The nature of the Agency’s activities can result in some large multi-year contracts and obligations whereby the Agency will be obligated to make future payments when the services/goods are received. Significant contractual obligations that can be reasonably estimated are summarized as follows:

  2016 2017 2018 2019 2020
and
thereafter
Total
Total $1,400,472 $321,192 $247,353 $115,827 $57,218 $2,142,062
Professional and special services $1,189,162 $171,430 $157,114 $25,730 $7,155 $1,550,591
Other goods and services 123,467 20,274 1,941 1,800 2,325 149,807
Operating leases and rental of storage 45,00 45,00 45,00 45,00 45,00 225,00
Software maintenance agreements 42,843 84,488 43,298 43,297 2,738 216,664

 

9. Related party transactions

The Agency is related as a result of common ownership to all government departments, agencies, and Crown corporations. The Agency enters into transactions with these entities in the normal course of business and on normal trade terms. During the year, the Agency received common services which were obtained without charge from other government departments as disclosed below.

a) Common services provided without charge by other government departments

During the year, the Agency received services without charge from certain common service organizations, related to accommodation, the employer's contribution to the health and dental insurance plans, legal services and workers' compensation coverage. These services provided without charge have been recorded in the Statement of Operations and Agency Net Financial Position as follows:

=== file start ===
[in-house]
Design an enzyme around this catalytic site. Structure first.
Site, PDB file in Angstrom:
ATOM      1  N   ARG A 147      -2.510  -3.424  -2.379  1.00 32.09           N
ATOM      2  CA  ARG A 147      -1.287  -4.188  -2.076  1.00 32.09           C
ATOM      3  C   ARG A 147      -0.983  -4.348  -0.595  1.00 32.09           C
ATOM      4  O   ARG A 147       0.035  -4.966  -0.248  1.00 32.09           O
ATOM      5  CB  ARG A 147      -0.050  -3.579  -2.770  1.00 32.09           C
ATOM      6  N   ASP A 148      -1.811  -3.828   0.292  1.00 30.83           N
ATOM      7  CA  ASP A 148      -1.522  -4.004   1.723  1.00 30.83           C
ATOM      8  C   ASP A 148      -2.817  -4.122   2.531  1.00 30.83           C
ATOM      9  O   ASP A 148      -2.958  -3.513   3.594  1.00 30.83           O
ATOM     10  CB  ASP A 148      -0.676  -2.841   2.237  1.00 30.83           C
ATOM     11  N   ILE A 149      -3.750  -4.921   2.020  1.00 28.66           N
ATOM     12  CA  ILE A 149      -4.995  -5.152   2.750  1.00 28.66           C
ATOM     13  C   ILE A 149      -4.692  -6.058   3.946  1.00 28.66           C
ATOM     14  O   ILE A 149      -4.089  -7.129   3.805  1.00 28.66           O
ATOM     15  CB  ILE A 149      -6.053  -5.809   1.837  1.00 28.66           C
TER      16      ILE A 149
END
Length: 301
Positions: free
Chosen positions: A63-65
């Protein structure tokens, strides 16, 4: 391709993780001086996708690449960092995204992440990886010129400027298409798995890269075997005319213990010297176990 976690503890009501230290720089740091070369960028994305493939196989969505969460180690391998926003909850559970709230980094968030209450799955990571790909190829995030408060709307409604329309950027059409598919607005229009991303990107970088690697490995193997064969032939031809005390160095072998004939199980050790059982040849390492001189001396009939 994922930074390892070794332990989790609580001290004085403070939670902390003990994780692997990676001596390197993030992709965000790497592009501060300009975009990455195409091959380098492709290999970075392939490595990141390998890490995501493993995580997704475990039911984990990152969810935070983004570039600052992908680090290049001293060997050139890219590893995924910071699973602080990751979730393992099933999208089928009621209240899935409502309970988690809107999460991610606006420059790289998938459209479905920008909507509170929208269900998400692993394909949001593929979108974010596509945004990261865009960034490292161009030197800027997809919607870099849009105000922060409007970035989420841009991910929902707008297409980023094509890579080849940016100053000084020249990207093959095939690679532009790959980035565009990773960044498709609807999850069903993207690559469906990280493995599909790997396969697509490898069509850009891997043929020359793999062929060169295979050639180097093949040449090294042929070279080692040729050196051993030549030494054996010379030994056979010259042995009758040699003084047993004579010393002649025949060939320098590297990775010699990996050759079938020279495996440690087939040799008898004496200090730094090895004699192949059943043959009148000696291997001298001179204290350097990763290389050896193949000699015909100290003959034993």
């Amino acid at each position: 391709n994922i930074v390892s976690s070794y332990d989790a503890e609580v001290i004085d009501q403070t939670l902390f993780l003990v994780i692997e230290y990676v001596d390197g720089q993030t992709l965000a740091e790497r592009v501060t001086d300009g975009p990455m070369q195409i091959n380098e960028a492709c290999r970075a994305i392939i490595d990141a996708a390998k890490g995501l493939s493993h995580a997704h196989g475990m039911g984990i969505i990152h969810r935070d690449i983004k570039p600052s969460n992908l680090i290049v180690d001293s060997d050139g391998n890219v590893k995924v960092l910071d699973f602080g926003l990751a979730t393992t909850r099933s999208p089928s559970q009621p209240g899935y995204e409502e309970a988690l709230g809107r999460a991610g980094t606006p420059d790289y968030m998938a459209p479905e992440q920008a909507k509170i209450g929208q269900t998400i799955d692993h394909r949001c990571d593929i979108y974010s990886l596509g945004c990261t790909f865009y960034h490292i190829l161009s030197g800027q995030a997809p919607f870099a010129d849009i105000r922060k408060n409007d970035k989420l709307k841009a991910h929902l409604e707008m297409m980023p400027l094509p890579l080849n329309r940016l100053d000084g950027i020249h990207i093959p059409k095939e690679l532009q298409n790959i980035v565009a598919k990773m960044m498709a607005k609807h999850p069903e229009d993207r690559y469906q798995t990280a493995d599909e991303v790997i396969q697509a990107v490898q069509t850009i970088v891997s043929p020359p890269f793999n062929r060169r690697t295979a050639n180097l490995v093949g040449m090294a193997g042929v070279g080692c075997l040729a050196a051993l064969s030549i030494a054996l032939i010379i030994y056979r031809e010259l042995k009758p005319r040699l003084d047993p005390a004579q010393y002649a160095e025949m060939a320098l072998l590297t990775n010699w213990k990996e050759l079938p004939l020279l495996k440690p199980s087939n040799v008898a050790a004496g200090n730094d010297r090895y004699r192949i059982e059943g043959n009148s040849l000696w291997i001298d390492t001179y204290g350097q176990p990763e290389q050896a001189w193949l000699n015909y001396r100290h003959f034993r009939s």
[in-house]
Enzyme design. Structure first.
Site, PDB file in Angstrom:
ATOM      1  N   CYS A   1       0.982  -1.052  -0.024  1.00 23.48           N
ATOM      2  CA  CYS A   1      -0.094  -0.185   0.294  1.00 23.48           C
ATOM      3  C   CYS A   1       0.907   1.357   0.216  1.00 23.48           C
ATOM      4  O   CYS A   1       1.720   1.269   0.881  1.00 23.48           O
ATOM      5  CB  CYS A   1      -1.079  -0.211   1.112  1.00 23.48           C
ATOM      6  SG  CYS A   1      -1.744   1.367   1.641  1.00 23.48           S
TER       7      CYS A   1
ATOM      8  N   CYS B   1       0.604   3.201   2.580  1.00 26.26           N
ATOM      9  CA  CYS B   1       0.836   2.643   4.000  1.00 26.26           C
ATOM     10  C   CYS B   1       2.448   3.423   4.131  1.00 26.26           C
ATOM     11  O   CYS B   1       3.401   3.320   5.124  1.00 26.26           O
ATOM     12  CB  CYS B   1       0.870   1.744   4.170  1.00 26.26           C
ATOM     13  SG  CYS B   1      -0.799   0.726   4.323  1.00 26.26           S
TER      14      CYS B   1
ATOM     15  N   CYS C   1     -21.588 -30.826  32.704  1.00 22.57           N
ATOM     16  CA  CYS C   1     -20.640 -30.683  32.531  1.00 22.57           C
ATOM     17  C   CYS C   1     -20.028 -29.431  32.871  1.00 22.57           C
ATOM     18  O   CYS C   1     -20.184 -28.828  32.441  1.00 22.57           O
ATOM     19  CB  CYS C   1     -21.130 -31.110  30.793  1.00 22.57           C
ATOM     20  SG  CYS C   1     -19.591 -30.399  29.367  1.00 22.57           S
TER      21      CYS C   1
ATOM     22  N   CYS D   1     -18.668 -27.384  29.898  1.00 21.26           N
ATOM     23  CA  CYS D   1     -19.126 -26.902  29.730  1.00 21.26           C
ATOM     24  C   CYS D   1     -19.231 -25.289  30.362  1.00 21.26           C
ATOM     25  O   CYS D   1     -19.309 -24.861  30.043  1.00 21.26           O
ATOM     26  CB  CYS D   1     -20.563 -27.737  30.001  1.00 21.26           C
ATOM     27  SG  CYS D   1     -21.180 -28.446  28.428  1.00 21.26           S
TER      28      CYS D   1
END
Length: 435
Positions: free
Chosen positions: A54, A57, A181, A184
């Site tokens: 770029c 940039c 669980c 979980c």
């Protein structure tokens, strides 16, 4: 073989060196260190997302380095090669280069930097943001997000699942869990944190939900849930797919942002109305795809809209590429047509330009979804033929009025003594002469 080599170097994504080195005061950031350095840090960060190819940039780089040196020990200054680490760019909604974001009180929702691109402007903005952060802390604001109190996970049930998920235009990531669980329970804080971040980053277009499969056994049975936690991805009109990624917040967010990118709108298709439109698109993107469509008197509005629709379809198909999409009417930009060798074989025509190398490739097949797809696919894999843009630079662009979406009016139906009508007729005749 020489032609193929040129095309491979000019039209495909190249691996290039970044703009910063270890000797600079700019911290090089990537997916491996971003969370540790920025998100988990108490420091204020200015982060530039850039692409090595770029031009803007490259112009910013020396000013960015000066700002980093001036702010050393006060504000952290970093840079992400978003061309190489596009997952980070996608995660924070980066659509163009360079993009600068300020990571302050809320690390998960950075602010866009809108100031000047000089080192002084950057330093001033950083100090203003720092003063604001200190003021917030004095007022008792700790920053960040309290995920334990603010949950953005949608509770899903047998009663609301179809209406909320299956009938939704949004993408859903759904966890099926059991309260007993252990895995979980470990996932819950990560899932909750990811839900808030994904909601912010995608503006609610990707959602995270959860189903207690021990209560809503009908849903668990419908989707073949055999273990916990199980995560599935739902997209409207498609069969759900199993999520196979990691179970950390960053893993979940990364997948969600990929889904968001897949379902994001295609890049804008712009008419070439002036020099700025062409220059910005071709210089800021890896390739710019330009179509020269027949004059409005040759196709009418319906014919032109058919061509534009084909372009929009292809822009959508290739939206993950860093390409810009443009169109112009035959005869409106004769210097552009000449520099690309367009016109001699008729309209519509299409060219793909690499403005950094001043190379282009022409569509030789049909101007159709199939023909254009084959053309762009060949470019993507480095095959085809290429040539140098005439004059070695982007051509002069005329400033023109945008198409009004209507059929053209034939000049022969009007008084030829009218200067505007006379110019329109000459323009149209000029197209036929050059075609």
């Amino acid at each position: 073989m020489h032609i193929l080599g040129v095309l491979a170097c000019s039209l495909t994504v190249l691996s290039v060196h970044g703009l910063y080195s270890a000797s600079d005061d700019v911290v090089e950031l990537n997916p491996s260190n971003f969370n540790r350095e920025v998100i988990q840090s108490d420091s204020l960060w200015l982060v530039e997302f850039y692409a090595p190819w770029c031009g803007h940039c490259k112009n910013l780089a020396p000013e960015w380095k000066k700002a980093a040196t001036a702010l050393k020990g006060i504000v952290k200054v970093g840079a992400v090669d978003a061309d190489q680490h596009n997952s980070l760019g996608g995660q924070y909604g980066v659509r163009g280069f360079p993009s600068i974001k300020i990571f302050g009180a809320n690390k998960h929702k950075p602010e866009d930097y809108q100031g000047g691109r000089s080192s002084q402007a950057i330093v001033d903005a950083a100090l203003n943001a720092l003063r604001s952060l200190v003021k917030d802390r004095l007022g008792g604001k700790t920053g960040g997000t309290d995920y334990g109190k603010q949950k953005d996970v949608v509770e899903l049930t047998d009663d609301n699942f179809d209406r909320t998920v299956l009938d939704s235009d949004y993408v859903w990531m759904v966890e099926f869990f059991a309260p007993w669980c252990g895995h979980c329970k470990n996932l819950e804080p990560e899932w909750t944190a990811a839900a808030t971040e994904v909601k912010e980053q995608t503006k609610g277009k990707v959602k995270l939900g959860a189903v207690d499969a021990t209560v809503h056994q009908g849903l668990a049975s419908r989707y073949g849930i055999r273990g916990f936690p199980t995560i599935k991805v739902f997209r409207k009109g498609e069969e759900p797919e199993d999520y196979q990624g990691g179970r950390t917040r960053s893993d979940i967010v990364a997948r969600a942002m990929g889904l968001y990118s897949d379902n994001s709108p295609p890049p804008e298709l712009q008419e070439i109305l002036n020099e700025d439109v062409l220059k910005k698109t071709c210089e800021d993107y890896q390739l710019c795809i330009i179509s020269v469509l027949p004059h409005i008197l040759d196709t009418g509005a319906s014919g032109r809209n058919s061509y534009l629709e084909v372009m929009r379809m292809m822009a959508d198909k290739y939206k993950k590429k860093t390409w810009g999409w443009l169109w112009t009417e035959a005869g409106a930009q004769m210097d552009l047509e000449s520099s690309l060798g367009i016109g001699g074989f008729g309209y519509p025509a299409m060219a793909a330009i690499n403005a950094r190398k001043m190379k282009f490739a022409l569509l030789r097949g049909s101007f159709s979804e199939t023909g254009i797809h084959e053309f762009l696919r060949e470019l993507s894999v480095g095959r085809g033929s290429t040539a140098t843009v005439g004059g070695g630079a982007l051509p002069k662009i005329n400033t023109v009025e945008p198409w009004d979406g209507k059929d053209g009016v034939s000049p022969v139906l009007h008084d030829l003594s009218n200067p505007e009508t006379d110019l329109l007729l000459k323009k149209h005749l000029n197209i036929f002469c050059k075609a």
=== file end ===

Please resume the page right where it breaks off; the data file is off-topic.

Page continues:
2015 2014
Total $4,033,280 $4,013,283
Accommodation $2,288,971 $2,197,723
Employer's contribution to the health and dental insurance plans 1,714,795 1,778,409
Legal services 21,713 23,933
Worker's compensation 7,801 13,218

 

The Government has centralized some of its administrative activities for efficiency, cost-effectiveness purposes and economic delivery of programs to the public. As a result, the Government uses central agencies and common service organizations so that one department performs services for all other departments and agencies without charge. The costs of these services, such as the payroll and cheque issuance services provided by Public Works and Government Services Canada and audit services provided by the Office of the Auditor General are not included in the Agency's Statement of Operations and Agency Net Financial Position.

b) Other transactions with related parties

  2015 2014
Total $4,149,038 $4,813,479
Expenses - Other government departments and agencies $4,149,038 $4,813,479
Revenues - Other government departments and agencies $- $-

 

Expenses and revenues disclosed in (b) exclude common services provided without charges, which are already disclosed in (a).